The more you talk to people about UFOs or Bigfoot or psychic phenomenon, the more you start to realize that the same sort of thinking exists almost across the board. And it almost stops being about the subject — it’s more about the idea of mystery than anything else — this recurring theme of someone trying to figure something out, and trying to find something that makes their otherwise mundane life more interesting.
Rogan espoused a number of conspiracy theories, including the idea that the moon landing was a hoax, before his “investigations” into the details of the paranormal claims led him to discover how much of paranormal advocacy is actually the working out of social and cultural anxieties. This is one reason that Ancient Aliens for Kids is such a terrible idea, and another reason to gawk in wonder at the unresolved contradiction in the alternative community whereby academic opinion and academic elites are ridiculed and accused of all manner of horrors but academic honors and scientific authority are so desirable that people like convicted scammer and ancient alien theorist Sean David Morton take on unaccredited “Ph.D.-equivalency” degrees and John Ward claims a “full honorary Ph. Doctorate” in archaeology awarded by a Knights Templar fan club.
9/14/2013 05:35:07 am
"...it’s more about the idea of mystery than anything else — this recurring theme of someone trying to figure something out, and trying to find something that makes their otherwise mundane life more interesting."
9/14/2013 07:06:02 am
"The burden of proof falls to the poor skeptics, the academics." Naturally, when they fulfill this requirement, they receive ballyhoo such as this:
9/14/2013 11:12:15 am
Some of the quotes sound familiar and of very good substance, while others are quite distracting.
9/14/2013 12:51:33 pm
At last, Gunn, you finally figured it out. I have, indeed, hounded and attacked you....just to prove a point. You needed a taste of your own vile medicine. Your words and attitude, of late, reek of the cyber-bully, stained with hypocrisy. Most of those quotes should sound familiar, as they were your own; there's no need to interpret any of them, as given the context in which their found, your intent is clear.
9/15/2013 03:21:28 am
Well, anyone is welcome to read back through the blogs and see that you have attributed quotes to me, falsely, then based a charge of hypocrisy on your lack of ability to correctly follow communications.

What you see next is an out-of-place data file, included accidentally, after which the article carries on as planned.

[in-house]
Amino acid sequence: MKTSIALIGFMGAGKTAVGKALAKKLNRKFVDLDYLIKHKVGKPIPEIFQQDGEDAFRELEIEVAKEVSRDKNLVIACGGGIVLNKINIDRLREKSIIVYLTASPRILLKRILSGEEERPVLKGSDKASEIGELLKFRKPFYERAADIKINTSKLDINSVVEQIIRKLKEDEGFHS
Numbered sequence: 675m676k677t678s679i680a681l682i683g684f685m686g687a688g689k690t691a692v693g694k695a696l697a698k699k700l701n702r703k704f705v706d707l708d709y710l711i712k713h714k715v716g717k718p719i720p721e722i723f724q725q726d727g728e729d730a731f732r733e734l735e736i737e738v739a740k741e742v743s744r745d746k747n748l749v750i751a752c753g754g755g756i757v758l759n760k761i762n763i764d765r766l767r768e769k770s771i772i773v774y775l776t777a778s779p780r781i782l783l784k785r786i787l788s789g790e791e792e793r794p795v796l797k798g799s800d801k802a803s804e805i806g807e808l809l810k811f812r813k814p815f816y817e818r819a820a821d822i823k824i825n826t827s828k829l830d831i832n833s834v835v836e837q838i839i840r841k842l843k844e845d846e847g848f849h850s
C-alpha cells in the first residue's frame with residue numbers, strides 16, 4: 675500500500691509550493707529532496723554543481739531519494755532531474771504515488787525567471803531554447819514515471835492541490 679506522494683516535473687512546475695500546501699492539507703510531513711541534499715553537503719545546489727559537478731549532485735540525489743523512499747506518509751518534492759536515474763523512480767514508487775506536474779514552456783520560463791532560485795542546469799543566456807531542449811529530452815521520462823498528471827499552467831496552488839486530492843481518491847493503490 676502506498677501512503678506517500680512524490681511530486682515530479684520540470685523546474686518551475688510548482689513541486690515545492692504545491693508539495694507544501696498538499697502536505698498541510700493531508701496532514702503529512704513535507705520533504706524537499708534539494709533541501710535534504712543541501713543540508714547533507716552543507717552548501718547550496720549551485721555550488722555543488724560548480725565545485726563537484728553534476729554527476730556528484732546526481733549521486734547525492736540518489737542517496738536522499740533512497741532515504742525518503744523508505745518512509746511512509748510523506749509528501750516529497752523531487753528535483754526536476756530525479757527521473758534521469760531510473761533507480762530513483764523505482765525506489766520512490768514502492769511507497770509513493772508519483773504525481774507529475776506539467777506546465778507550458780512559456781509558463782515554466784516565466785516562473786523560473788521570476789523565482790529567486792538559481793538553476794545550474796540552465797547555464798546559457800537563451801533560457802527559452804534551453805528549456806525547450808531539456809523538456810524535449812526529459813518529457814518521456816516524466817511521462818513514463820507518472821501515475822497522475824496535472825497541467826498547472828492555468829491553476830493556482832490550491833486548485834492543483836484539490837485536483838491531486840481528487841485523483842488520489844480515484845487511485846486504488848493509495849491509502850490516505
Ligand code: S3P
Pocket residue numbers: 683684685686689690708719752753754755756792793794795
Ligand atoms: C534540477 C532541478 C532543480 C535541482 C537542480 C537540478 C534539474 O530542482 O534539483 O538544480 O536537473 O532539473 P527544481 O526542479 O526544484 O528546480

9/15/2013 04:08:38 am
Oh, Gunn, if it weren't for you I don't know how I would fill my daily quota of heavy sighing and head shaking.
9/15/2013 04:30:23 am
Isaac: I welcome you to butt-out and mind your own business. Get the board out of your own eye, dude.
9/15/2013 04:35:00 am
The pot calls the kettle black....
9/15/2013 04:42:33 am
Isaac, you, yourself, are the epitome of a hypocrite. I insult? Yes, I kick back against the pricks. I insult the hypocrites such as yourself and Only Me, who love to start problems here. Look back at the genesis and continuation of my communications and you'll find that I never give the first kick to the pricks. I respond to the pricks here, otherwise known as the Blog Rat Collective. I don't have to lay down and consume the crap pushed at me by religious hypocrites such as yourself, Isaac. You are an established attacker, not a mild-mannered Christian. Isaac, you are a hypocrite.
9/15/2013 08:42:01 am
I apologize, Gunn. When I composed my response to you, it was very late and I was tired. I should have worded it more clearly, so allow me to explain, for the benefit of all those visiting.
9/15/2013 12:00:53 pm
No problem, Only Me. I'm sensitive about folks coming here to sow discord, expecting no repercussions; but I have an abnormal capacity for forgiveness, too.
9/15/2013 12:23:12 pm
No, Gunn, your capacity is not abnormal. It is both noble and Christian.
9/14/2013 11:34:40 am
>> The burden of proof falls to the poor skeptics, the academics. Truth is their responsibility, and they deserve this burden.<<
9/15/2013 04:59:03 am
You are correct, Thane. We should all be looking for the truth in history. Yet, the responsibility falls to the professionals.
9/16/2013 04:47:31 pm
I'd just like to take a moment and point out one small thing and I hope I don't come off sounding rude.
9/14/2013 12:33:11 pm
I have to side with only me on this one. Skeptics and Academics spend a lot of time proposing ideas, arguing details and discussing finer points in an effort to find the truth. Along the way a lot of ideas are disproved and dismissed. The skeptics and academics recognize when the evidence does not support their theories and either move on to new areas of research or work to supplement the existing body of knowledge.